A. You can use Windows Management Instrumentation (WMI) to query the OperatingSystem information on the local machine. To do so, run the following script, which you can download at http://www.windowsitpro.com/content/content/46759/OSinfo.zip

strComputer = "."
Set WshShell = WScript.CreateObject("WScript.Shell")
Dim WshShell
Set objWMIService = GetObject("winmgmts:" &_
   "\{impersonationLevel=impersonate\}!\\" & strComputer & _
   "\root\cimv2")
Set colOperatingSystems = objWMIService.ExecQuery ("Select * from _
   Win32_OperatingSystem")
For Each objOperatingSystem in colOperatingSystems
  if objOperatingSystem.Caption = "Microsoft Windows 2000_
   Professional"
then wscript.echo "2000"
  if objOperatingSystem.Caption = "Microsoft Windows XP _
   Professional"
then wscript.echo "XP"
Next
You can modify the script to perform various other actions and add other OSs by adding more "if" clauses. You can determine the name of other OSs by running the following script, which you can download at http://www.windowsitpro.com/content/content/46759/OtherOS.zip, on the local machine:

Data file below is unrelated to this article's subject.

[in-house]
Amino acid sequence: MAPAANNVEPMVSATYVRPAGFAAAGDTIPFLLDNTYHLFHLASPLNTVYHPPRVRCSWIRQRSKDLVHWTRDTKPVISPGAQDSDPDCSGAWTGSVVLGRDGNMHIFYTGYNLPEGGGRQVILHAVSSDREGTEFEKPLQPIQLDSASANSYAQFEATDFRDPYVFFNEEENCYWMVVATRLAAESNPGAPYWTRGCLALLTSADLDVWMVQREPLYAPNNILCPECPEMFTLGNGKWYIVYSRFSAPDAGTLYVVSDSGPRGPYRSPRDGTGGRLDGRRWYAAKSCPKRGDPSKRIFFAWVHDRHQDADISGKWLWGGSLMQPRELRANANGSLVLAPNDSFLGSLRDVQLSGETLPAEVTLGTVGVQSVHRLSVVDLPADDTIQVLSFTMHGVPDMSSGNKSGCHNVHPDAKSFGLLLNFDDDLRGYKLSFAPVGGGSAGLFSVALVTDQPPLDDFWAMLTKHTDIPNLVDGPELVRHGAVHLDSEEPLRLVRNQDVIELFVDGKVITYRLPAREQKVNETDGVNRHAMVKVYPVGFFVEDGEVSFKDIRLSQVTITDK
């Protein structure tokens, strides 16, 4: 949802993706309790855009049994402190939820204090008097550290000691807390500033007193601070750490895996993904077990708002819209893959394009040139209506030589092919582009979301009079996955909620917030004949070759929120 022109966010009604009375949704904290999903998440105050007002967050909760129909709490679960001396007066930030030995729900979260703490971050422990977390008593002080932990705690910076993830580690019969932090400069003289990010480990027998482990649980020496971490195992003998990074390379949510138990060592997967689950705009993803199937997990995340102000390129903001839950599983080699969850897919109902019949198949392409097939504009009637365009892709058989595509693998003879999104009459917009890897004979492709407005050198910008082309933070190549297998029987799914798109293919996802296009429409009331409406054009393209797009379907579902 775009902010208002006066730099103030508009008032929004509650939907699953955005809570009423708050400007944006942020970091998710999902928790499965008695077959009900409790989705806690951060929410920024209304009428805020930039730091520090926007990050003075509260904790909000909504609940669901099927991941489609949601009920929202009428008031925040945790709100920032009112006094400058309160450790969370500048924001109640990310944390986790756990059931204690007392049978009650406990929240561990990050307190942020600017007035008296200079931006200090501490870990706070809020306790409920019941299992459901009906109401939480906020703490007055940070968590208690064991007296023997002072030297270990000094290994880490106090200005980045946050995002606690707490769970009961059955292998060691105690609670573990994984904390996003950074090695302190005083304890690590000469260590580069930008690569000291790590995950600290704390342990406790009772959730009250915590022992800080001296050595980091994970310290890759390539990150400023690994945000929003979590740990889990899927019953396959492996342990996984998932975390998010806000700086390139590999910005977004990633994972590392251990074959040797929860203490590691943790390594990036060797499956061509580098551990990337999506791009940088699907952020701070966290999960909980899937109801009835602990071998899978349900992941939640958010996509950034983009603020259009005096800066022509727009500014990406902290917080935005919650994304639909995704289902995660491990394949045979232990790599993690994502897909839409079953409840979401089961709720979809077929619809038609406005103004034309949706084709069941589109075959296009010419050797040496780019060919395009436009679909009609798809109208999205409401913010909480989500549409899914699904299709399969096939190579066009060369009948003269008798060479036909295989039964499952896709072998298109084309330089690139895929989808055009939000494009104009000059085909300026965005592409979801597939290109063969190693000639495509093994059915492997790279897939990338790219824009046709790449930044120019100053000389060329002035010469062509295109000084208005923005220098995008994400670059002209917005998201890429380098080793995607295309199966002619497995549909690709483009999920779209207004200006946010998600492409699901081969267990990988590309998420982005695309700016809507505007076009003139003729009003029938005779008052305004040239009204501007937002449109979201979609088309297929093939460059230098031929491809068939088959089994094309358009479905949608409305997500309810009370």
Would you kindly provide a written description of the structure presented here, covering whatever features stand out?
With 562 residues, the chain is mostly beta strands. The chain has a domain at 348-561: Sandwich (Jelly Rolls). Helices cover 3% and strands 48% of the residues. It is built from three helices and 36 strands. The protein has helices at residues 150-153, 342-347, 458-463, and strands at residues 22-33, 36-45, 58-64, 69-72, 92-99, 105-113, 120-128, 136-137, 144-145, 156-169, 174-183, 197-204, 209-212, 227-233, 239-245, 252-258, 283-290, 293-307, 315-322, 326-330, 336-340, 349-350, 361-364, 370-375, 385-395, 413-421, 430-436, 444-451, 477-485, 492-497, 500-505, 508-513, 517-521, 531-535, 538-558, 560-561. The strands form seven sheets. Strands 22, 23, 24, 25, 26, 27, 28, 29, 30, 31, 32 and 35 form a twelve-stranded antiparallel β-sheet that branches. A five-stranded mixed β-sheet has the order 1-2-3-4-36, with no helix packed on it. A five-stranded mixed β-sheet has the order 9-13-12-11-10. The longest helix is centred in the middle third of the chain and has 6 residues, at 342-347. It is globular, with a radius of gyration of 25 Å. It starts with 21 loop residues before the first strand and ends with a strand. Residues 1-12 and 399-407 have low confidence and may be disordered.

strComputer = "."
Set WshShell = WScript.CreateObject("WScript.Shell")
Dim WshShell
Set objWMIService = GetObject("winmgmts:" & _
   "\{impersonationLevel=impersonate\}!\\" & strComputer & _
   "\root\cimv2")
Set colOperatingSystems = objWMIService.ExecQuery ("Select * from _
   Win32_OperatingSystem")
For Each objOperatingSystem in colOperatingSystems
  wscript.echo objOperatingSystem.Caption
Next
If you run the script on a machine that uses Windows Server 2003, Standard Edition, for example, you'll see output similar to that which the figure shows. Thus, to determine whether the machine is running Windows 2003 Standard, you add the following line to the OS check portion of the main script:
if objOperatingSystem.Caption = "Microsoft(R) Windows(R) _
   Server 2003, Standard Edition "
then wscript.echo "2003 Std"